BEIRUT — After the explosion at Beirut’s port that killed nearly 200 people, injured over 6,000, and left 300,000 other homeless, and completed the implosion of Lebanese politics, several countries, especially France, have sought to help rebuild and reform the country’s economic and political reality.
French President Emmanuel Macron proposed an initiative that would form a stable government capable of meeting the requirements of the Lebanese people. However, the initiative failed due to the obstinacy of the Lebanese political parties, culminating in the resignation of Prime Minister-designate Mustapha Adib.
In an effort to implement the Macron initiative, former Lebanese Prime Minister Saad al-Hariri announced on Thursday that he is a potential candidate to form a new government, hoping to stop the economic collapse in Lebanon.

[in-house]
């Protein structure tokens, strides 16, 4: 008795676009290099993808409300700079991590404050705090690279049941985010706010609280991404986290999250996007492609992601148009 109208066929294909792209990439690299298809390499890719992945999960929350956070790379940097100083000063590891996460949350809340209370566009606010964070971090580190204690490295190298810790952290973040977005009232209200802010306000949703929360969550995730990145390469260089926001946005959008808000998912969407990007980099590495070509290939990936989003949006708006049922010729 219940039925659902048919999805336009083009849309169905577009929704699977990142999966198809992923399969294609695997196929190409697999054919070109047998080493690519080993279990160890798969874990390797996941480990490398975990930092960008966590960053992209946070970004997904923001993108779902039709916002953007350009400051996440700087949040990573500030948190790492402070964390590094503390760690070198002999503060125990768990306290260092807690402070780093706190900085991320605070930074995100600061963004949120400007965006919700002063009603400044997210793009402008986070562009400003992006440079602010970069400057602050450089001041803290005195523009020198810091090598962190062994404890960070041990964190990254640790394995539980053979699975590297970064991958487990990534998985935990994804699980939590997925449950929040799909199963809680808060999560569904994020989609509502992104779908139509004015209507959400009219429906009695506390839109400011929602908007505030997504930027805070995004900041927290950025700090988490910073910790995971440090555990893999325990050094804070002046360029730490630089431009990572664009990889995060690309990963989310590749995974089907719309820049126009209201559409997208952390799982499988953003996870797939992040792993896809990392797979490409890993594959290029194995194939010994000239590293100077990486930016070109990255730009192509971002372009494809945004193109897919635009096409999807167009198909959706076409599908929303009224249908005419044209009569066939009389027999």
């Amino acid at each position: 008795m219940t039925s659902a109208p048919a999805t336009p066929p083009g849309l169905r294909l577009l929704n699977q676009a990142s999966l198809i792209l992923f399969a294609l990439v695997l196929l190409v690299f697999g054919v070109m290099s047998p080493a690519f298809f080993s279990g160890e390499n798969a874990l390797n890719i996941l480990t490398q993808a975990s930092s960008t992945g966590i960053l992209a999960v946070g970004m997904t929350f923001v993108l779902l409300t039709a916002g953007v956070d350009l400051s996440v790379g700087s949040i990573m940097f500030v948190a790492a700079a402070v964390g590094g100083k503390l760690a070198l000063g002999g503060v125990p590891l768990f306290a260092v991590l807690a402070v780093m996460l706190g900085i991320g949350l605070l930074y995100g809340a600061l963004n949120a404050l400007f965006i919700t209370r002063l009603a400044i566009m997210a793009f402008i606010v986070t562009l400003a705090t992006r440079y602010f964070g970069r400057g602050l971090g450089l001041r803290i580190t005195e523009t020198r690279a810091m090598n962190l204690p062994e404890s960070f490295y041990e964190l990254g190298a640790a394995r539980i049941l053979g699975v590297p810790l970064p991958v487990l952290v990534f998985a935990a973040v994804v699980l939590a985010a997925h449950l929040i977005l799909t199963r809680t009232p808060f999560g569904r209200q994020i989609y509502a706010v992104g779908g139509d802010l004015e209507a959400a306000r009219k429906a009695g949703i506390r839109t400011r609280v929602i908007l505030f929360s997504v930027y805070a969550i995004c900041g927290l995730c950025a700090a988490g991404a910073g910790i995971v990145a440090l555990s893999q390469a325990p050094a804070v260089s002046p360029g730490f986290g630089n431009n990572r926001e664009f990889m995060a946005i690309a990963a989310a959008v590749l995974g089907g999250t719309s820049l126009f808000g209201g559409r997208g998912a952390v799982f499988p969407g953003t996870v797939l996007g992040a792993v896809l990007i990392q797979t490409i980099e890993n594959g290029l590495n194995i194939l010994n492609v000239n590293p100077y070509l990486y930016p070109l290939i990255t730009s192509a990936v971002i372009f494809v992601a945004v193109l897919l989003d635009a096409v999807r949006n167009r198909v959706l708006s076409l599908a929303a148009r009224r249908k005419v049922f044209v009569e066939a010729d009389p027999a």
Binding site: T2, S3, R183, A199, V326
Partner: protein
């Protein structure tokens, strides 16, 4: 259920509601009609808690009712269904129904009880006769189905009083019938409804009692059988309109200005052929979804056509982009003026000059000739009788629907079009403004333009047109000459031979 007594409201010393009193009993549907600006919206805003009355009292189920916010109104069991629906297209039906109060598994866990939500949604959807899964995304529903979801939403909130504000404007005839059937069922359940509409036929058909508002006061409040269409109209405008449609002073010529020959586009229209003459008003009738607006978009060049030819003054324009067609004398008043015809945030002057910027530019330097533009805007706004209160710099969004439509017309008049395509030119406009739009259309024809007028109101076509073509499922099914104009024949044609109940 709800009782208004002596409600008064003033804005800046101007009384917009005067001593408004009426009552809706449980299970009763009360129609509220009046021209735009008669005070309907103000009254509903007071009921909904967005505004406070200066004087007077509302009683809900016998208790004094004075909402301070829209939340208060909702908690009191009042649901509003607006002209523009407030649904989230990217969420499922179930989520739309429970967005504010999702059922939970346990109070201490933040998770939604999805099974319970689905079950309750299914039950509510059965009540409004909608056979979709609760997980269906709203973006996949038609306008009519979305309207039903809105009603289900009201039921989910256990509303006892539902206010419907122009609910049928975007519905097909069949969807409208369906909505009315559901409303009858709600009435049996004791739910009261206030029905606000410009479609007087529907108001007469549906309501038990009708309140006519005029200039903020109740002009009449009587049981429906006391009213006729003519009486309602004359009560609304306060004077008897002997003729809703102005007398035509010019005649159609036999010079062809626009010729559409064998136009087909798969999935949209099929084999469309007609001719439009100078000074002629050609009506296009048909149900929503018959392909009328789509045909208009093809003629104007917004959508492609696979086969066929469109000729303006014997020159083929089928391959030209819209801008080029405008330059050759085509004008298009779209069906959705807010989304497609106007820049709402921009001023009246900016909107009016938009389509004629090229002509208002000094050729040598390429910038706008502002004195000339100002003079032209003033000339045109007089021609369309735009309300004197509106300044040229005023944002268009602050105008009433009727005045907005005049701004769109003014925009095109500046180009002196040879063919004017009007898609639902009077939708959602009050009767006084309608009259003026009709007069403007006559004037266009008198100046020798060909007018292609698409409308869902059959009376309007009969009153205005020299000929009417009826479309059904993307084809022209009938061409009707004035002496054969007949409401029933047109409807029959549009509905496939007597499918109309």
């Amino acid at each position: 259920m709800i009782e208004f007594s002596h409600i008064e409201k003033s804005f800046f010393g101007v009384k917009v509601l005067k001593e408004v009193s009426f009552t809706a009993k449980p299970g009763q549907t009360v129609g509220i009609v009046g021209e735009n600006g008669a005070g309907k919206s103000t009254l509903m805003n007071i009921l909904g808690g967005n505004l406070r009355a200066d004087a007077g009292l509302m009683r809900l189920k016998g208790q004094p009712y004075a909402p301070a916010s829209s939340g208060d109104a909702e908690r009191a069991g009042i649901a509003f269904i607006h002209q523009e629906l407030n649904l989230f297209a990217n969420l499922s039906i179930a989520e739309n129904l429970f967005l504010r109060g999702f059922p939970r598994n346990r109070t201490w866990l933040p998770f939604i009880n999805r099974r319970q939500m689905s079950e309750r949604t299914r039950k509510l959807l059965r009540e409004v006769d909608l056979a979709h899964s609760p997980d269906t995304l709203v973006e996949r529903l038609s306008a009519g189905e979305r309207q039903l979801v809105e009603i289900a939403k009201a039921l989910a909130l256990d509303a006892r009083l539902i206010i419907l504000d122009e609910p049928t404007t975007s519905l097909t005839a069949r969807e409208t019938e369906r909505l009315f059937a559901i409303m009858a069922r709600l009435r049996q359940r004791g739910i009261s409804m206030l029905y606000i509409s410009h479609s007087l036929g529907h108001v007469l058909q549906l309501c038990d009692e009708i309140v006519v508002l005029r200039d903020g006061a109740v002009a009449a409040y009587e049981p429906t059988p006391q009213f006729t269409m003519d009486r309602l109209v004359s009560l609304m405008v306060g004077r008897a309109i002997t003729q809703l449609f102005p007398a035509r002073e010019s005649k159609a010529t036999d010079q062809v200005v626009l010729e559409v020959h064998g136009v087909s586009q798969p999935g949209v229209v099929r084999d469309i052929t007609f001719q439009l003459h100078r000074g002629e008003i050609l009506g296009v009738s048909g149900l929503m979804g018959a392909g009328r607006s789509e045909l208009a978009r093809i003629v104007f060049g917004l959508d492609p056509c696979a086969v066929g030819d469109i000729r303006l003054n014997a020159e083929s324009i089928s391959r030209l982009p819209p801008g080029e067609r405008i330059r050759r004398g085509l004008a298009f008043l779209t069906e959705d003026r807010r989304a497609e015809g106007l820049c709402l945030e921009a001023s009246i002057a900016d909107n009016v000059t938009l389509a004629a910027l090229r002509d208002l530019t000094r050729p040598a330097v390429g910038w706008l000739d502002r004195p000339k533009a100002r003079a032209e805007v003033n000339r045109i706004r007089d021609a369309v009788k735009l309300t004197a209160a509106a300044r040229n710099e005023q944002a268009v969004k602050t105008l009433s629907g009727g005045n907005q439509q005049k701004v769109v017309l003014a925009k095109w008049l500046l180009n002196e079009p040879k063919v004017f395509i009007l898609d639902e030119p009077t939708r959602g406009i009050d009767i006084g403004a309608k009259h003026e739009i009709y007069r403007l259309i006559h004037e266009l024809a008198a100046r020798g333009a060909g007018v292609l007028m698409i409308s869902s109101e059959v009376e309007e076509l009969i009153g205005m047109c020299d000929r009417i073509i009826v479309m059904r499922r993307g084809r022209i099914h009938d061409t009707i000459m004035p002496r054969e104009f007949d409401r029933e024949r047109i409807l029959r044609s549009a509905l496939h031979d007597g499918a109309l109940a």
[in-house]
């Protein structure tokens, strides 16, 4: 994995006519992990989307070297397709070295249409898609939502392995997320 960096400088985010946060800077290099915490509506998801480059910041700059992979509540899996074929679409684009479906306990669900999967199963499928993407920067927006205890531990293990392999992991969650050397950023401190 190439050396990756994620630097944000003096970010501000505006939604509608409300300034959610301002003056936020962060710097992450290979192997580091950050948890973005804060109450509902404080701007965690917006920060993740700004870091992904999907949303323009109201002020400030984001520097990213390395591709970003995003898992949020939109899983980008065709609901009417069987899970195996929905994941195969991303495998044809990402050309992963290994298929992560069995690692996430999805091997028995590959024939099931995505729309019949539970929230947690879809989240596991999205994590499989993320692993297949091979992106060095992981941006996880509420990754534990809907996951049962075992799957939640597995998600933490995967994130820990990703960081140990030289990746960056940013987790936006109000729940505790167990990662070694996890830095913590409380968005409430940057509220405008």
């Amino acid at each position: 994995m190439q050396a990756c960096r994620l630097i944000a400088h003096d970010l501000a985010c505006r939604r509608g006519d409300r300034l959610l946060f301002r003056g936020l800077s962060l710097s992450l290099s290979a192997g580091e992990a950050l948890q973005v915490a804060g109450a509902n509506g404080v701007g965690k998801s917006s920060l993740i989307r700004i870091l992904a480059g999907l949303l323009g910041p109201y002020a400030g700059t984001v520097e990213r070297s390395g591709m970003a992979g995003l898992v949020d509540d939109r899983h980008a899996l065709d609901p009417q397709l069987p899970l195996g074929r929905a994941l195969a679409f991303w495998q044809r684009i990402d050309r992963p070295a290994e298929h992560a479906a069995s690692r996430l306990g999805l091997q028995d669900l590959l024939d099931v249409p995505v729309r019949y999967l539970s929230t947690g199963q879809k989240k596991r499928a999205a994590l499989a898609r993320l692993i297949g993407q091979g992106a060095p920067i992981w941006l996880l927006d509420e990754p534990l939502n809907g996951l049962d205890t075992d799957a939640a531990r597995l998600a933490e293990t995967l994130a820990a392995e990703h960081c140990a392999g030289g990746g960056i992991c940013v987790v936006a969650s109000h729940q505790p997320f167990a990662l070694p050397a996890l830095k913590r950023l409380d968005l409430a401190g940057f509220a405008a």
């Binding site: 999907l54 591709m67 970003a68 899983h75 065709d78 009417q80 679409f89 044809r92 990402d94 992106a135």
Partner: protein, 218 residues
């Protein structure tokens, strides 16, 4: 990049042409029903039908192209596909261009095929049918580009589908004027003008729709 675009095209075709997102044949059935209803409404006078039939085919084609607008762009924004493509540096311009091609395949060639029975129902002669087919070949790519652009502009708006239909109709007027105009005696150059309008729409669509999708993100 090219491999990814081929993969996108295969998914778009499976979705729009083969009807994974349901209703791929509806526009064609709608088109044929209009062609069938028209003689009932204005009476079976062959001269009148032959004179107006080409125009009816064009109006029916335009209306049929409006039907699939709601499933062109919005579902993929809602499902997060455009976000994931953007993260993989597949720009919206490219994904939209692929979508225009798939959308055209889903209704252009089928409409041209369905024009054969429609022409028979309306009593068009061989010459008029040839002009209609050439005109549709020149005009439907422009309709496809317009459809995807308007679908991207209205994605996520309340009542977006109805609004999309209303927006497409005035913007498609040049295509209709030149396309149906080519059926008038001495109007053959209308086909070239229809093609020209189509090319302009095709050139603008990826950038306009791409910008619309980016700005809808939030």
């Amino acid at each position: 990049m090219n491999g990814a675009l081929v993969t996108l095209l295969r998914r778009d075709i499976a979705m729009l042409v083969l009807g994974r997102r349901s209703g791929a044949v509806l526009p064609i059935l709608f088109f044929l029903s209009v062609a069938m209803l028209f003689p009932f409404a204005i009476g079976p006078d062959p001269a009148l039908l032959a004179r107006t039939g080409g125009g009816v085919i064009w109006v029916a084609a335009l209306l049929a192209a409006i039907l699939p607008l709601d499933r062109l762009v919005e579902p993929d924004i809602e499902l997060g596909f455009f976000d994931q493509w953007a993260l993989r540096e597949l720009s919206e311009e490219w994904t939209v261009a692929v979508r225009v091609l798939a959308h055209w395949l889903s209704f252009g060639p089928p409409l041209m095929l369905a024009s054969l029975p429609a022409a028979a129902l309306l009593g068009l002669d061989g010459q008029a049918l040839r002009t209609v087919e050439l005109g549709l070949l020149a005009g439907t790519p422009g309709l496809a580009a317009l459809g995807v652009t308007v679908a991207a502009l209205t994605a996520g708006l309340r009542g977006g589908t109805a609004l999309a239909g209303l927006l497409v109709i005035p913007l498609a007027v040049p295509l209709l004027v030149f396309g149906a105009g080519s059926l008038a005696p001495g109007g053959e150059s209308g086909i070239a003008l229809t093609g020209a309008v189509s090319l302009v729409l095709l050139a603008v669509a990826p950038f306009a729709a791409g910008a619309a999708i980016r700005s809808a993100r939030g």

Al-Hariri declared that he is a candidate by default, and he will not close the only door of hope that Lebanon needs to stop this collapse, as he put it.
His announcement comes after his many previous refusals to run for prime minister.
Al-Hariri added that he is ready to contact all political parties which still agree on the program that was discussed with Macron and warned of a potential civil war in Lebanon.
The Lebanese state is in a precarious state and weapons are being stockpiled by various actors across the country.
Lebanese President Michel Aoun called on all parliamentary blocs to participate in consultations to name a new prime minister on 15 October.